Spring Blooms in the Vineyard

Spring at Oliver Winery is an exciting time. Our blooming vines are getting ready to produce clusters of fruit, and right now we are busy setting the stage for the rest of the growing season.

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As each vine begins to flower, we start to see these tiny green clusters (below). They will swell and then burst, revealing their pollen at the tip. The pollen eventually falls back into the flower, and just like that, our favorite little berries will start to form!

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At this point in the growing season, a healthy vine is a hairy vine. We want to see a bunch of these sprout-like clusters (above), which are good indicators of a happy crop and lots of fruit to come.

Stay tuned for more vineyard updates to come throughout the summer and into harvest, and post your questions in the comments!

Chambourcin: Our favorite woody perennial

This photo says it all. Harvest has nearly come to an end. We’re wrapping up the 2012 growing season with a popular grape that has really earned its keep this year. Chambourcin. You know her in two forms: a dry red and a beautiful rosé.

Some notes about Chambourcin from Ross, our assistant vineyard manager. It’s a lovely read, so you should pour yourself a glass of something beforehand.

 I think this year has been a testament to the persistence and adaptability of our favorite woody perennial. The year awakened early with mild temperatures in the spring. Pruning in the warmth was bitter sweet; we enjoyed a break from the biting cold but the warmth woke the vines up early. As the buds began emerging, the promise and beauty of the new growth was mingled with dark foreboding; an early frost would almost certainly kill the new shoots. The frost happened and, although not as bad as it could have been, the damage was disheartening. Would the vines come back and bear fruit? As the year progressed, the vines began to give subtle hints that their sweet berries would grace the vineyard in abundance!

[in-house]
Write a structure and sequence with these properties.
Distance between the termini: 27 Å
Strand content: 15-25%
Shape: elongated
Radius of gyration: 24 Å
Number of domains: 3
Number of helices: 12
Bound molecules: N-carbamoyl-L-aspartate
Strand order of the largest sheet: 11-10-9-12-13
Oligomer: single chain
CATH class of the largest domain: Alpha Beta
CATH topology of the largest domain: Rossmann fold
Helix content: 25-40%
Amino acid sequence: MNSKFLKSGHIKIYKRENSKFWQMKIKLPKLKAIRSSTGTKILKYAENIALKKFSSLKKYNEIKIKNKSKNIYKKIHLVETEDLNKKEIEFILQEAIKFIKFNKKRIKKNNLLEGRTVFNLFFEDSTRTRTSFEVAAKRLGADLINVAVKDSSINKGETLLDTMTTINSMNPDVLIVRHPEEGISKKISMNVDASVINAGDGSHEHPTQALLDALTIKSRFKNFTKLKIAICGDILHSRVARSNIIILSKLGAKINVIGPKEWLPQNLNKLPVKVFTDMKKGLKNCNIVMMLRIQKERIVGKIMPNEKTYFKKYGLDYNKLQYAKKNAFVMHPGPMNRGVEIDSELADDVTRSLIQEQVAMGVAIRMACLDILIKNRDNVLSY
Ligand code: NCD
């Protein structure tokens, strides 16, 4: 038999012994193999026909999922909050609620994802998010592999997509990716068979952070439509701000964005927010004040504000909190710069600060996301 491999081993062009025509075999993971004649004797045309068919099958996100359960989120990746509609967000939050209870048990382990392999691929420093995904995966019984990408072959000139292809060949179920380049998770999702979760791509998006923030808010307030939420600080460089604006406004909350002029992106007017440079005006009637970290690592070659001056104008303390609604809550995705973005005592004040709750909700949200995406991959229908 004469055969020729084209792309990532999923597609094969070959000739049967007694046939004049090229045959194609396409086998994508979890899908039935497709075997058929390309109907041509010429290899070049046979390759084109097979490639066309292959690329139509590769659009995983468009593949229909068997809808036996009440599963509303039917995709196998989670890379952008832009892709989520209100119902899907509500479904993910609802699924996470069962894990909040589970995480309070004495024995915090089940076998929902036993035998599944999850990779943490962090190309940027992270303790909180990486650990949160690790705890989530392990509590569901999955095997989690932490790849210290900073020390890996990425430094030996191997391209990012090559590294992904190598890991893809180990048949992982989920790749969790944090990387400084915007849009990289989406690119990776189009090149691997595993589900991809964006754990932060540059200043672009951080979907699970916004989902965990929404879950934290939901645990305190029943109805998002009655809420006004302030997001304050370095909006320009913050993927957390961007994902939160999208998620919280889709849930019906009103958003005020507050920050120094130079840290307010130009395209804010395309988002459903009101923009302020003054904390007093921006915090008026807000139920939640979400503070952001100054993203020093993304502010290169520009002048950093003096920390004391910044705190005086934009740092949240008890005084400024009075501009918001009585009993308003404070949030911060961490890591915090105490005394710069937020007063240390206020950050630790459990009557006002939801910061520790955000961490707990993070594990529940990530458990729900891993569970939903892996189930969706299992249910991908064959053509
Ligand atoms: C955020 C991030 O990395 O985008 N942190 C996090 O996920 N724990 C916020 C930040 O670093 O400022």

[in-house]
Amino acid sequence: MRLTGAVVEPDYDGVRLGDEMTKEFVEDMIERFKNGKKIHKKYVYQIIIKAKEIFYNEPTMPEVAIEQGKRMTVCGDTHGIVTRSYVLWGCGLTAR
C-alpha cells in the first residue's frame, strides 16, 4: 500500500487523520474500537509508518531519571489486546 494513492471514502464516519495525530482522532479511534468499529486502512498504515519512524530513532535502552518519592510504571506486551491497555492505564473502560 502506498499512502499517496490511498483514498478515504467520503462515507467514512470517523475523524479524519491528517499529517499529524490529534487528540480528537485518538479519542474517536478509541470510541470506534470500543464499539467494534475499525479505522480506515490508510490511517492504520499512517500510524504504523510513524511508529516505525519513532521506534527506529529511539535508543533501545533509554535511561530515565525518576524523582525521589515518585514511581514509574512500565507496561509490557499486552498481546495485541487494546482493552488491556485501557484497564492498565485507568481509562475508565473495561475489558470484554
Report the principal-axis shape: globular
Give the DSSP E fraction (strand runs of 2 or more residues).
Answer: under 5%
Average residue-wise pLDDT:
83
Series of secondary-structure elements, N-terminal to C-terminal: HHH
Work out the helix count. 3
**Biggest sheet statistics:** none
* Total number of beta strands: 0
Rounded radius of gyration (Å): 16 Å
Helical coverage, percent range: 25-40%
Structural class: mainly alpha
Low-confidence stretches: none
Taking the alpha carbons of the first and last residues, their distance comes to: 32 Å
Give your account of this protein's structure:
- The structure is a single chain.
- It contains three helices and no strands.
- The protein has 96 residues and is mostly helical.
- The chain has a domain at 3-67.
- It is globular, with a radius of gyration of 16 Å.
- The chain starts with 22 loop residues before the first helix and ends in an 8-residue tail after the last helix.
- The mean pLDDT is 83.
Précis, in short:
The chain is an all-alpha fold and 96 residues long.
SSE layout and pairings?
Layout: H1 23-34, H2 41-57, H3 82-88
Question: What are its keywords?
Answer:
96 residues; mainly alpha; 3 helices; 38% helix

Once clear of the perils of spring, another challenge loomed for the vines and their young fruit. Day after day and week after week passed without rain. The ground dried out and cracked. Grass lost all trace of green and stopped growing (less mowing!). This type of weather being quite unusual for this region, many were watching with great consternation. Tales of failures in other crops prompted a wary eye to be cast across the rows of vines, so recently in danger from the frost. But at the end of the year looking back, we can all be thankful for the persistence of the grape! Not only did the vines make it through, but in response to the hardships the canopies of leaves and graceful tendrils were open to the nourishing sunlight, the salubrious breezes, and the eager harvesters more than ever before. What an amazing year; this will be a vintage to enjoy with thankfulness. Thankfulness that good things come from life’s many pressures.

Ross. Possibly writing poetic things about Chambourcin.
Vineyard staff, loading the lugs

The buds of spring…in March!!

Post by Bernie Parker, Vineyard Manager

Spring has passed us by and we have jumped right into summer! Seven days of record highs in the last eight days have really pushed the buds out more than two weeks earlier than any season since I started at Creekbend Vineyard.  Here are a couple of pictures that Bill Oliver took this week of the Catawba and Chardonnay.

What this means is we have three more weeks to worry about frost!!!  I may have to double up on my blood pressure meds.  The big picture of weather fronts and jet streams is favorable for more mild weather.